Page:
Caroline Popham is a London-based artist known for her distinct aesthetic; one that interplays with the concepts of both minimalism and abstraction while embracing a pastel colour palette. Popham graduated with a Post Graduate Diploma in Fine Arts from UAL Chelsea in 2016, which marked her transition to artist from graphic designer - she previously worked creatively with Dior and Louis Vuitton. In the form of paintings or collages, Popham's serene creations have consistently proven to be covetable additions to revered collections such as Soho House.
Popham also exhibits her oeuvre throughout the UK and Europe. Most recently, her work has been celebrated in exhibitions such as Lines Around Ideas, London (2019); What Lies Beyond, CIRCLE1, Berlin (2019); and at Exhibit A, London (2019). Commissions include a stunning mural for luxury French hotel Les Roches Rouges. Within the realm of fashion, she has collaborated with contemporary British womenswear brand Chinti & Parker. Follow @carolinepopham
Describe the space within which you live and work?
I have a studio in Soho, inside which it is light and bright; nothing but paint, paper and canvasses. It is industrial but peaceful. Home is another story, layered, colourful, bold, bustling.
Do you have a routine or rituals you follow?
The ritual of working daily is important, to keep things moving. If I'm in an exploration phase I work in scattered free fall. If I'm working on a commission, my energy is much more focused and concrete.
Which of your travels has most impacted your work?
It's not so much the places themselves, but the particular quality of the warmth and light - the idiosyncrasies and the sense of time travel.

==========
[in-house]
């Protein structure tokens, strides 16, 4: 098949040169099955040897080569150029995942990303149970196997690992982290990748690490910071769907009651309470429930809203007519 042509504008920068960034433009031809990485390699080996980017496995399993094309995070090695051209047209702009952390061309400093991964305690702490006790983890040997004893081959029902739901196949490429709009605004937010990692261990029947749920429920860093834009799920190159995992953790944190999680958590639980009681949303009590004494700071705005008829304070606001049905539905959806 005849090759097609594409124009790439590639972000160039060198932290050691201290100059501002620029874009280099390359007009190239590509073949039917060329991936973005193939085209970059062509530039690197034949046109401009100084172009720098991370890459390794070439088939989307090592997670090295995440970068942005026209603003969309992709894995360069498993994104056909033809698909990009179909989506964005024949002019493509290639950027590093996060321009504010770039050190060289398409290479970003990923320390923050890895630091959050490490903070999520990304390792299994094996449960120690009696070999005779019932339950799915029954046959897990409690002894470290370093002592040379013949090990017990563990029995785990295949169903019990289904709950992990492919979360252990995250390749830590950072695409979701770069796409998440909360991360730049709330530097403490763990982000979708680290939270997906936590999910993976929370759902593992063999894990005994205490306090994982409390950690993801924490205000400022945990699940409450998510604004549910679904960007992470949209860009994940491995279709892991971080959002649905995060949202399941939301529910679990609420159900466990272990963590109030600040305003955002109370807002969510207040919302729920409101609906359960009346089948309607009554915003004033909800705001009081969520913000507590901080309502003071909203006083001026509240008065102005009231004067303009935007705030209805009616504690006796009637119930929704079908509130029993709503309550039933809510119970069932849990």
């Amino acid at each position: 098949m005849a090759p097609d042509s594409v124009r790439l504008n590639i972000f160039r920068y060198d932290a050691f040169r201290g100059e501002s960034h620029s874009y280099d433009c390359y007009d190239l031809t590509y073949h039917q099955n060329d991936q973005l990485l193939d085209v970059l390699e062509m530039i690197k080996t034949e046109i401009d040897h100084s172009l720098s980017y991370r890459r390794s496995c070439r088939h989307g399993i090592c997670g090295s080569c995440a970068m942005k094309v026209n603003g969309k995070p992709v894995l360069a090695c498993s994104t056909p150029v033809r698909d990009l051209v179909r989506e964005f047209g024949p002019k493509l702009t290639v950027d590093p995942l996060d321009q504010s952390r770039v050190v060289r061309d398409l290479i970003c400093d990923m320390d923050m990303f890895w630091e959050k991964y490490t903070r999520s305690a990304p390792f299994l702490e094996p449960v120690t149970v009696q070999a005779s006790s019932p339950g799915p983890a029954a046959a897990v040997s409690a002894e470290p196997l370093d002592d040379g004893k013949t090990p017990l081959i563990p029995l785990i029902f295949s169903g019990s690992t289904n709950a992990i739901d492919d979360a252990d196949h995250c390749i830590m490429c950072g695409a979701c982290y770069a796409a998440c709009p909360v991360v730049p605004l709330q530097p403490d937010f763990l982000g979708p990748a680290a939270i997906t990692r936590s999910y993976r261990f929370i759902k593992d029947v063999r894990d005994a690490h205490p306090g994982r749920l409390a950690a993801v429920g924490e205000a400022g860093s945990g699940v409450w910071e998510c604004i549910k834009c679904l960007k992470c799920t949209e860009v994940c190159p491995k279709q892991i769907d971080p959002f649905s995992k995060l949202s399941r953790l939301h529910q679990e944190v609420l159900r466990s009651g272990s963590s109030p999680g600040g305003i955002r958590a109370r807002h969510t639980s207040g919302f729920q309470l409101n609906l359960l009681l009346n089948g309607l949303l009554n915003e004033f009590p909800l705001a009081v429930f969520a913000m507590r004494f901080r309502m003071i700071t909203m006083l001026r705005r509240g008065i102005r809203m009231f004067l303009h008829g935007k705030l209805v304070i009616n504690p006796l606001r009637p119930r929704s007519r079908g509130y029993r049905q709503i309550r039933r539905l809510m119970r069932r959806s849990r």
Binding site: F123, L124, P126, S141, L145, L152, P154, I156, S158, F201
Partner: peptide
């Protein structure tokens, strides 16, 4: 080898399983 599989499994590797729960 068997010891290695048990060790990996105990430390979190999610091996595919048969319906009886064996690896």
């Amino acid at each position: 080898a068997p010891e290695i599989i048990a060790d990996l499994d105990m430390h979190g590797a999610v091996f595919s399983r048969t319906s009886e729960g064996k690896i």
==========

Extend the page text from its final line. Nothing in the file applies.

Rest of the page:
How would you define beauty in 280 characters or less?
It's an elusive quality which I feel as much as I see. It's a sensation. My heart beats faster, and my mind comes into focus to take in what I see in front of me. I'm drawn to extremes, simplicity but also chaos. Light and dark. Things which are soothing and minimal as well as complicated and difficult. There is unexpected beauty in marks on the wall or dust on the back of a lorry, light filtering through tall buildings, jarring combinations of plastic utensils, an incredible painting, or an act of kindness.
Describe the unique colour palette of your paintings?
I love colour and tones of colour. I reduce imagery in films to moving colours and seeing which sit well together in my mind. There are combinations which I come back to time and time again, but also through working on paper and collage, I discover new sequences to explore.
Are there particular artists who have inspired you?
So many and it comes back to contrast. Cy Twombly but also Ellsworth Kelly. Helen Frankenthaler and the 9th Street women. Classics. Then again, there is a new wave of artists on Instagram who also inspire me daily.
Describe your affinity for producing diptychs and triptychs?
I see them as individuals. I see them either working together or not. I see connections and relationships. I like the psychology of them being kept together or parted. I love how a painting needn't be confined to a single canvas, and instead becomes expansive.
Has social media had a positive impact on your work?
Yes. It has connected me to artists and collectors all over the world. It has started conversations. I see it as a positive thing. The undercurrent which I struggle with is the exposure of pushing work out there in the first place, and the vulnerability which comes as a result.
What role has your art education played for you?
It has been important. I studied graphic design initially. Returning to Fine Art at Chelsea four years ago was essential in changing my working path and charting the new direction I wanted my life to follow. I am continuously reminded of the lectures that I went to about material knowledge… the risk which comes with making a piece of work. The freedom to explore and the discussions that went with that were equally important.
Is there a subject or medium you're yet to explore?
I keep coming back to the idea of working figuratively, albeit in an abstract way.
What do you wish every child were taught?
To learn pleasure in simply creating something. That there is no wrong outcome in terms of a drawing having to be an exact representation.
What is your greatest indulgence in life?
I have a near-limitless appetite for stories. I never find anything trivial or silly if I get close enough to it. So it's possible for me to lose hours, days, whole phases of my life, to curiosity.